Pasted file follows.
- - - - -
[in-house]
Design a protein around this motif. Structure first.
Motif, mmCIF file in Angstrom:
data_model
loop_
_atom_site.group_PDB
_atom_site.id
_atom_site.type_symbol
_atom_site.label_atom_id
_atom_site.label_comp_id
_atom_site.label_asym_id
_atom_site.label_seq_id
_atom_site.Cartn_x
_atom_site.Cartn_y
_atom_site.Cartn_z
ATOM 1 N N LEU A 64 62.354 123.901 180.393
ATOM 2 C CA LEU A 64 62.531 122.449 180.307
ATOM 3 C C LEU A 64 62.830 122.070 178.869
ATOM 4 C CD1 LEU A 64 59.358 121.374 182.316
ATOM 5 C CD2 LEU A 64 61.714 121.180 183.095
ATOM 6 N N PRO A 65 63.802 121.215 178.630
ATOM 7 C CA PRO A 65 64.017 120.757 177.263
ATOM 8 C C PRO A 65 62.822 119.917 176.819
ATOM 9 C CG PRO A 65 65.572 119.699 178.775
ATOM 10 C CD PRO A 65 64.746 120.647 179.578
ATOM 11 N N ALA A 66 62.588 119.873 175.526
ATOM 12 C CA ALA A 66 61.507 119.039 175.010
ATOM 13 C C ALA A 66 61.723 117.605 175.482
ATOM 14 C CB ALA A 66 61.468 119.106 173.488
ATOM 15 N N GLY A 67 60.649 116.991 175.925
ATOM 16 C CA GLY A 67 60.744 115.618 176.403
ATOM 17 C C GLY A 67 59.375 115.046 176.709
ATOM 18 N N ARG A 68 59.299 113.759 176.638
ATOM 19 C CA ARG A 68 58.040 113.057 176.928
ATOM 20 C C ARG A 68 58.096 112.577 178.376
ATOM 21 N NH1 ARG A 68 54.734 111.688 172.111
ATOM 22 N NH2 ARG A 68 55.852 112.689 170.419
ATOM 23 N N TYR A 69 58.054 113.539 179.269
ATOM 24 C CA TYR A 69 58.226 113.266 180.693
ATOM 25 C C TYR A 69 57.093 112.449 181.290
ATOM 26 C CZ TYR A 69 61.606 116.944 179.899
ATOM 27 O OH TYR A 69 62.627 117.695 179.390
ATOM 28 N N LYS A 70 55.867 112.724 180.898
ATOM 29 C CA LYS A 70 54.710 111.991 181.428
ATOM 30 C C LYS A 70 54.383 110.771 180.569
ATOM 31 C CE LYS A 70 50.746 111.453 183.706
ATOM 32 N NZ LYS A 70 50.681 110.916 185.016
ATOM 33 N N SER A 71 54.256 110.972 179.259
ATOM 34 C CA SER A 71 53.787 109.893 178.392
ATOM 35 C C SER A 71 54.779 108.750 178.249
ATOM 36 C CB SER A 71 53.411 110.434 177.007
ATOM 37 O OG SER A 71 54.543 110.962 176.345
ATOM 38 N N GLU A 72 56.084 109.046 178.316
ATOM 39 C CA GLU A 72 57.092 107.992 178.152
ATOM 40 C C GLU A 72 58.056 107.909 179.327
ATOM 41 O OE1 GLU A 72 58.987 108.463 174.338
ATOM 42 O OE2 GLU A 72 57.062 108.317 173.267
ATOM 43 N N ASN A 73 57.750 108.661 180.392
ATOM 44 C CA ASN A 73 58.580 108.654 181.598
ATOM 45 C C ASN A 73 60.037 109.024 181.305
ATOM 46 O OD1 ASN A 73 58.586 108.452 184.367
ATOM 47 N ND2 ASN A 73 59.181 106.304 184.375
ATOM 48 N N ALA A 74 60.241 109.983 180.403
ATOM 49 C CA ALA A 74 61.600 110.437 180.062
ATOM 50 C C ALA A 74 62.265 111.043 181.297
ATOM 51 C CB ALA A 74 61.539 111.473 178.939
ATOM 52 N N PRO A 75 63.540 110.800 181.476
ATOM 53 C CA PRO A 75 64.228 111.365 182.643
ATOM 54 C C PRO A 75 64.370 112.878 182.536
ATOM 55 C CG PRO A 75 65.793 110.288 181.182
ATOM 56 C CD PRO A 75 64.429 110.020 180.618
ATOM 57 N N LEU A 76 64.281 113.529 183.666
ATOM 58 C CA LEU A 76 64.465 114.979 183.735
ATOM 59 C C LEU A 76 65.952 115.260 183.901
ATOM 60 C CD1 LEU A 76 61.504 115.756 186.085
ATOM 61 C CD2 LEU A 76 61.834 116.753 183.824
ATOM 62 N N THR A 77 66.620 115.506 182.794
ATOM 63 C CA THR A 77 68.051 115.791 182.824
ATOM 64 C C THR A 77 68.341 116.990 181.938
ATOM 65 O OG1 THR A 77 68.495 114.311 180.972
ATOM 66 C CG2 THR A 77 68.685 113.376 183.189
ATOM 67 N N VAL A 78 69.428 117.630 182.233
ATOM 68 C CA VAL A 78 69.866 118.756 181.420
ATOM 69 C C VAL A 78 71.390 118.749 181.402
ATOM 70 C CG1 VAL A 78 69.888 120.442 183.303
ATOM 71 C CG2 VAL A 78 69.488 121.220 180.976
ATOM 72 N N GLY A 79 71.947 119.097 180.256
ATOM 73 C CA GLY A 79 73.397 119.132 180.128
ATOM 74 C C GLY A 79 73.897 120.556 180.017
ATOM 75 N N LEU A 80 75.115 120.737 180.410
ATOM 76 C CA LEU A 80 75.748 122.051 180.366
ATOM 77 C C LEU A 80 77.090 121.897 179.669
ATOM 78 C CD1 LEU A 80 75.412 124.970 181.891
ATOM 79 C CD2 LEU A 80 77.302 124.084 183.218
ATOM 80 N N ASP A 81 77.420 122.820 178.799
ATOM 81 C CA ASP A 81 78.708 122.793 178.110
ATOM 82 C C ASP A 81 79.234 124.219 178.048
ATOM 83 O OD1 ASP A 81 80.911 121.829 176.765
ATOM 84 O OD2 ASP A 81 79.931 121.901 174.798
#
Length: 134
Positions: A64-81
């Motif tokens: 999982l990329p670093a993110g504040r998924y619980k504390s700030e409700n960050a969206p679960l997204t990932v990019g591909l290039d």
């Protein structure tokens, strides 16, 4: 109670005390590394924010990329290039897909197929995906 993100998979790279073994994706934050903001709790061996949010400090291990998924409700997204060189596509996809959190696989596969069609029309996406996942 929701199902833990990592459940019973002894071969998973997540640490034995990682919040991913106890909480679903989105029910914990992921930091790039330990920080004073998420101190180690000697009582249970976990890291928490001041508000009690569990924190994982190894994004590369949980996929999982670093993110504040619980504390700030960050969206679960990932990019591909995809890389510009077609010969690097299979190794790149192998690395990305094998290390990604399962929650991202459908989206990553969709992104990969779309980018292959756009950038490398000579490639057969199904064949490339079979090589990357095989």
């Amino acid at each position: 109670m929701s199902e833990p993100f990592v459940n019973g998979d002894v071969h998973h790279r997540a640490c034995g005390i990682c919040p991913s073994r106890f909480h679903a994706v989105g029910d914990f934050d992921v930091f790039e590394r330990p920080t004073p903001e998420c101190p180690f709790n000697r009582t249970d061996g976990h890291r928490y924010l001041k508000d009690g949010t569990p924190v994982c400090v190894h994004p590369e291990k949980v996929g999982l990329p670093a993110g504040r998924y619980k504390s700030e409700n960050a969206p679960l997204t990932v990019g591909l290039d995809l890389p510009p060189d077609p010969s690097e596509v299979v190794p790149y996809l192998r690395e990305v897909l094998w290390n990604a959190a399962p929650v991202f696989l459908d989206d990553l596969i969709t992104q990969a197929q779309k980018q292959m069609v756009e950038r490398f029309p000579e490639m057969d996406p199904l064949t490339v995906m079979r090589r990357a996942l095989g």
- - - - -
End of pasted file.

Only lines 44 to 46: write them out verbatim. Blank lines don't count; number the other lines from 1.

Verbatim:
ATOM 29 C CA LYS A 70 54.710 111.991 181.428
ATOM 30 C C LYS A 70 54.383 110.771 180.569
ATOM 31 C CE LYS A 70 50.746 111.453 183.706